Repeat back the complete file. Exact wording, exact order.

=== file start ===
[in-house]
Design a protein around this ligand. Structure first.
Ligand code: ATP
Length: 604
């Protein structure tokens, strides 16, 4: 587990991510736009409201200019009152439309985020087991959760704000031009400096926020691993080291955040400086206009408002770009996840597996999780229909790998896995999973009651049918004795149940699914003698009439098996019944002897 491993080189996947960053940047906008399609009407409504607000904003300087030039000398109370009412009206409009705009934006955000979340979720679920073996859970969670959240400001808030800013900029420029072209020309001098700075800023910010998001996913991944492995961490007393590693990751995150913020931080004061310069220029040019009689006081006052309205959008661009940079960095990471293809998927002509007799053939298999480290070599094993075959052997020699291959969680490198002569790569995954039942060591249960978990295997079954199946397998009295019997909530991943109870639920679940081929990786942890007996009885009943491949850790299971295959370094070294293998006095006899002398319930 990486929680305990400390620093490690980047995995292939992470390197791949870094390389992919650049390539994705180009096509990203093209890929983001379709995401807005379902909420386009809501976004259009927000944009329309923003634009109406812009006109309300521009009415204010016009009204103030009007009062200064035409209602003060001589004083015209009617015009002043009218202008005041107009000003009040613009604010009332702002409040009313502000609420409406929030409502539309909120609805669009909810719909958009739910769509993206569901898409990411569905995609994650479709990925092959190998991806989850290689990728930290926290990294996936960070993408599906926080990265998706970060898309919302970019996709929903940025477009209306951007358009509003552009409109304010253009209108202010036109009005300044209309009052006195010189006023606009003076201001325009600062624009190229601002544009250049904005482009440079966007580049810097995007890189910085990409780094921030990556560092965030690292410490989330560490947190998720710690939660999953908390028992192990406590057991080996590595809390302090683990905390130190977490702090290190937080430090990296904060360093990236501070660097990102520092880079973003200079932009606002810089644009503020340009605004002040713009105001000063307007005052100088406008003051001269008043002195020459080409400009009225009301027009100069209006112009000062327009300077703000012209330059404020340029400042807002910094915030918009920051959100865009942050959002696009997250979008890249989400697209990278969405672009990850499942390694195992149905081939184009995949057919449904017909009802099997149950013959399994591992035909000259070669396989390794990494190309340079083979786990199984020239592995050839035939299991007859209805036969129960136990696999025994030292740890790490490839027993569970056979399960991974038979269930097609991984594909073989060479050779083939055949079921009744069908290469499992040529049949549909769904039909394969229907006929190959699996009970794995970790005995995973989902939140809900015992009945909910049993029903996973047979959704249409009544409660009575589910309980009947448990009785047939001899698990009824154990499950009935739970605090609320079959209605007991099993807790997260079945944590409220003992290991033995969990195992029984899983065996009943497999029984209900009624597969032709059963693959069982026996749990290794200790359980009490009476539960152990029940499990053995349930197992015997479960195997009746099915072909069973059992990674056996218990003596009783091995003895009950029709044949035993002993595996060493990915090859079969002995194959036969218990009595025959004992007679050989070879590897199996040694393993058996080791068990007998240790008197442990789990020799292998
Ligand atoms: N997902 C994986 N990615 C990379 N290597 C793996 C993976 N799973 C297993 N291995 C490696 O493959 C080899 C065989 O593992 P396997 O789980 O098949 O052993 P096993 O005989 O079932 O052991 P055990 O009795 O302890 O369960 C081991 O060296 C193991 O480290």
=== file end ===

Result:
[in-house]
Design a protein around this ligand. Structure first.
Ligand code: ATP
Length: 604
């Protein structure tokens, strides 16, 4: 587990991510736009409201200019009152439309985020087991959760704000031009400096926020691993080291955040400086206009408002770009996840597996999780229909790998896995999973009651049918004795149940699914003698009439098996019944002897 491993080189996947960053940047906008399609009407409504607000904003300087030039000398109370009412009206409009705009934006955000979340979720679920073996859970969670959240400001808030800013900029420029072209020309001098700075800023910010998001996913991944492995961490007393590693990751995150913020931080004061310069220029040019009689006081006052309205959008661009940079960095990471293809998927002509007799053939298999480290070599094993075959052997020699291959969680490198002569790569995954039942060591249960978990295997079954199946397998009295019997909530991943109870639920679940081929990786942890007996009885009943491949850790299971295959370094070294293998006095006899002398319930 990486929680305990400390620093490690980047995995292939992470390197791949870094390389992919650049390539994705180009096509990203093209890929983001379709995401807005379902909420386009809501976004259009927000944009329309923003634009109406812009006109309300521009009415204010016009009204103030009007009062200064035409209602003060001589004083015209009617015009002043009218202008005041107009000003009040613009604010009332702002409040009313502000609420409406929030409502539309909120609805669009909810719909958009739910769509993206569901898409990411569905995609994650479709990925092959190998991806989850290689990728930290926290990294996936960070993408599906926080990265998706970060898309919302970019996709929903940025477009209306951007358009509003552009409109304010253009209108202010036109009005300044209309009052006195010189006023606009003076201001325009600062624009190229601002544009250049904005482009440079966007580049810097995007890189910085990409780094921030990556560092965030690292410490989330560490947190998720710690939660999953908390028992192990406590057991080996590595809390302090683990905390130190977490702090290190937080430090990296904060360093990236501070660097990102520092880079973003200079932009606002810089644009503020340009605004002040713009105001000063307007005052100088406008003051001269008043002195020459080409400009009225009301027009100069209006112009000062327009300077703000012209330059404020340029400042807002910094915030918009920051959100865009942050959002696009997250979008890249989400697209990278969405672009990850499942390694195992149905081939184009995949057919449904017909009802099997149950013959399994591992035909000259070669396989390794990494190309340079083979786990199984020239592995050839035939299991007859209805036969129960136990696999025994030292740890790490490839027993569970056979399960991974038979269930097609991984594909073989060479050779083939055949079921009744069908290469499992040529049949549909769904039909394969229907006929190959699996009970794995970790005995995973989902939140809900015992009945909910049993029903996973047979959704249409009544409660009575589910309980009947448990009785047939001899698990009824154990499950009935739970605090609320079959209605007991099993807790997260079945944590409220003992290991033995969990195992029984899983065996009943497999029984209900009624597969032709059963693959069982026996749990290794200790359980009490009476539960152990029940499990053995349930197992015997479960195997009746099915072909069973059992990674056996218990003596009783091995003895009950029709044949035993002993595996060493990915090859079969002995194959036969218990009595025959004992007679050989070879590897199996040694393993058996080791068990007998240790008197442990789990020799292998
Ligand atoms: N997902 C994986 N990615 C990379 N290597 C793996 C993976 N799973 C297993 N291995 C490696 O493959 C080899 C065989 O593992 P396997 O789980 O098949 O052993 P096993 O005989 O079932 O052991 P055990 O009795 O302890 O369960 C081991 O060296 C193991 O480290």